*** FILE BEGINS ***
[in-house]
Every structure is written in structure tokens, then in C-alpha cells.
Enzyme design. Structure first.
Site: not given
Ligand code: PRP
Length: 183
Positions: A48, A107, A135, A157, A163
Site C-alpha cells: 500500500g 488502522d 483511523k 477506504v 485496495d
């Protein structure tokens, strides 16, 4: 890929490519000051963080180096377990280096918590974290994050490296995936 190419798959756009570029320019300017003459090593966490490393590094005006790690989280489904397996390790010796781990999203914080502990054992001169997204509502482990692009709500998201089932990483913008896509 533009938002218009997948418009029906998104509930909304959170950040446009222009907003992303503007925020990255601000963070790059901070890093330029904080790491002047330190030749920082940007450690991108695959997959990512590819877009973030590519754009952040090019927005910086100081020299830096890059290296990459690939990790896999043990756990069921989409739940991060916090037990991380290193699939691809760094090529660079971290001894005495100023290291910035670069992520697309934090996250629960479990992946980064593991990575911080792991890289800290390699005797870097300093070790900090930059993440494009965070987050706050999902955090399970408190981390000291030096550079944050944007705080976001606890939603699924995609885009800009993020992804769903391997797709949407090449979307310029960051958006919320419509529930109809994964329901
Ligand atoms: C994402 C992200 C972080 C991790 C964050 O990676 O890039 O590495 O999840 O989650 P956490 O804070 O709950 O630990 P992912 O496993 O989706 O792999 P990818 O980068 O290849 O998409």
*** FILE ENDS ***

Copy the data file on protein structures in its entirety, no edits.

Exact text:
[in-house]
Every structure is written in structure tokens, then in C-alpha cells.
Enzyme design. Structure first.
Site: not given
Ligand code: PRP
Length: 183
Positions: A48, A107, A135, A157, A163
Site C-alpha cells: 500500500g 488502522d 483511523k 477506504v 485496495d
């Protein structure tokens, strides 16, 4: 890929490519000051963080180096377990280096918590974290994050490296995936 190419798959756009570029320019300017003459090593966490490393590094005006790690989280489904397996390790010796781990999203914080502990054992001169997204509502482990692009709500998201089932990483913008896509 533009938002218009997948418009029906998104509930909304959170950040446009222009907003992303503007925020990255601000963070790059901070890093330029904080790491002047330190030749920082940007450690991108695959997959990512590819877009973030590519754009952040090019927005910086100081020299830096890059290296990459690939990790896999043990756990069921989409739940991060916090037990991380290193699939691809760094090529660079971290001894005495100023290291910035670069992520697309934090996250629960479990992946980064593991990575911080792991890289800290390699005797870097300093070790900090930059993440494009965070987050706050999902955090399970408190981390000291030096550079944050944007705080976001606890939603699924995609885009800009993020992804769903391997797709949407090449979307310029960051958006919320419509529930109809994964329901
Ligand atoms: C994402 C992200 C972080 C991790 C964050 O990676 O890039 O590495 O999840 O989650 P956490 O804070 O709950 O630990 P992912 O496993 O989706 O792999 P990818 O980068 O290849 O998409």